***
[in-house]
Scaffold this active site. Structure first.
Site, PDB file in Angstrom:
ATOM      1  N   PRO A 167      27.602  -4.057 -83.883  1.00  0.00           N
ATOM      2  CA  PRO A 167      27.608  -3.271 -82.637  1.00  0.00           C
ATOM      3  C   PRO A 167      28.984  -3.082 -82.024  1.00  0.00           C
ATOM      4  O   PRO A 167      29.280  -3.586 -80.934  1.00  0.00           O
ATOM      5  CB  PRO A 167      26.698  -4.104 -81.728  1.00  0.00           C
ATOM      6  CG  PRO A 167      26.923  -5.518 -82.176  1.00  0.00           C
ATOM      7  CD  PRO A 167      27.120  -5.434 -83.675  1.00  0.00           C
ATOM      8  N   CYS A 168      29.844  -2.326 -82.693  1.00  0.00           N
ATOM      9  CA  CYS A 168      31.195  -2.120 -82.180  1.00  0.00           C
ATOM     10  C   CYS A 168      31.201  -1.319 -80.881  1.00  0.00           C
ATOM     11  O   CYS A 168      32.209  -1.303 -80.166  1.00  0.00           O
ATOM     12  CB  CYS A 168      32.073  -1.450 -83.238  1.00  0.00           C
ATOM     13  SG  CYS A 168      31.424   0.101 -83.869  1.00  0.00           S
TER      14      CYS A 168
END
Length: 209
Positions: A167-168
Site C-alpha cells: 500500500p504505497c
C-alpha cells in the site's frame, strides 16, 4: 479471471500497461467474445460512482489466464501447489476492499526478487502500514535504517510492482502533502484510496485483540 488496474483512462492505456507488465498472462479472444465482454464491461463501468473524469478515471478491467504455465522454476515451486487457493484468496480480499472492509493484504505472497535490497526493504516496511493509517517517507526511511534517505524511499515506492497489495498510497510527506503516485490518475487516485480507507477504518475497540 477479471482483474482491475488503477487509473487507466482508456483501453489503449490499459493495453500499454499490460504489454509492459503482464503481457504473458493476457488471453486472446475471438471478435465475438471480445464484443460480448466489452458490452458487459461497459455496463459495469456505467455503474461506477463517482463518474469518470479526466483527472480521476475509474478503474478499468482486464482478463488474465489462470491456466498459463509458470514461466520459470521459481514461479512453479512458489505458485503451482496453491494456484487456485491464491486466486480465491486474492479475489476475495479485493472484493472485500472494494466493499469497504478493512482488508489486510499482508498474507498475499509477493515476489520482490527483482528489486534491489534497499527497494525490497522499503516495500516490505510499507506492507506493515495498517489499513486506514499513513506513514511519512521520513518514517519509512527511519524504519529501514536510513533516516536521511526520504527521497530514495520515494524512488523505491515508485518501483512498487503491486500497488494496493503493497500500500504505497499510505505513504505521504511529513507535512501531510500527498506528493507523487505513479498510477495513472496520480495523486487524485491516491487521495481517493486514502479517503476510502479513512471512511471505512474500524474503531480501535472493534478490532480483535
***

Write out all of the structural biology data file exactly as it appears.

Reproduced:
[in-house]
Scaffold this active site. Structure first.
Site, PDB file in Angstrom:
ATOM      1  N   PRO A 167      27.602  -4.057 -83.883  1.00  0.00           N
ATOM      2  CA  PRO A 167      27.608  -3.271 -82.637  1.00  0.00           C
ATOM      3  C   PRO A 167      28.984  -3.082 -82.024  1.00  0.00           C
ATOM      4  O   PRO A 167      29.280  -3.586 -80.934  1.00  0.00           O
ATOM      5  CB  PRO A 167      26.698  -4.104 -81.728  1.00  0.00           C
ATOM      6  CG  PRO A 167      26.923  -5.518 -82.176  1.00  0.00           C
ATOM      7  CD  PRO A 167      27.120  -5.434 -83.675  1.00  0.00           C
ATOM      8  N   CYS A 168      29.844  -2.326 -82.693  1.00  0.00           N
ATOM      9  CA  CYS A 168      31.195  -2.120 -82.180  1.00  0.00           C
ATOM     10  C   CYS A 168      31.201  -1.319 -80.881  1.00  0.00           C
ATOM     11  O   CYS A 168      32.209  -1.303 -80.166  1.00  0.00           O
ATOM     12  CB  CYS A 168      32.073  -1.450 -83.238  1.00  0.00           C
ATOM     13  SG  CYS A 168      31.424   0.101 -83.869  1.00  0.00           S
TER      14      CYS A 168
END
Length: 209
Positions: A167-168
Site C-alpha cells: 500500500p504505497c
C-alpha cells in the site's frame, strides 16, 4: 479471471500497461467474445460512482489466464501447489476492499526478487502500514535504517510492482502533502484510496485483540 488496474483512462492505456507488465498472462479472444465482454464491461463501468473524469478515471478491467504455465522454476515451486487457493484468496480480499472492509493484504505472497535490497526493504516496511493509517517517507526511511534517505524511499515506492497489495498510497510527506503516485490518475487516485480507507477504518475497540 477479471482483474482491475488503477487509473487507466482508456483501453489503449490499459493495453500499454499490460504489454509492459503482464503481457504473458493476457488471453486472446475471438471478435465475438471480445464484443460480448466489452458490452458487459461497459455496463459495469456505467455503474461506477463517482463518474469518470479526466483527472480521476475509474478503474478499468482486464482478463488474465489462470491456466498459463509458470514461466520459470521459481514461479512453479512458489505458485503451482496453491494456484487456485491464491486466486480465491486474492479475489476475495479485493472484493472485500472494494466493499469497504478493512482488508489486510499482508498474507498475499509477493515476489520482490527483482528489486534491489534497499527497494525490497522499503516495500516490505510499507506492507506493515495498517489499513486506514499513513506513514511519512521520513518514517519509512527511519524504519529501514536510513533516516536521511526520504527521497530514495520515494524512488523505491515508485518501483512498487503491486500497488494496493503493497500500500504505497499510505505513504505521504511529513507535512501531510500527498506528493507523487505513479498510477495513472496520480495523486487524485491516491487521495481517493486514502479517503476510502479513512471512511471505512474500524474503531480501535472493534478490532480483535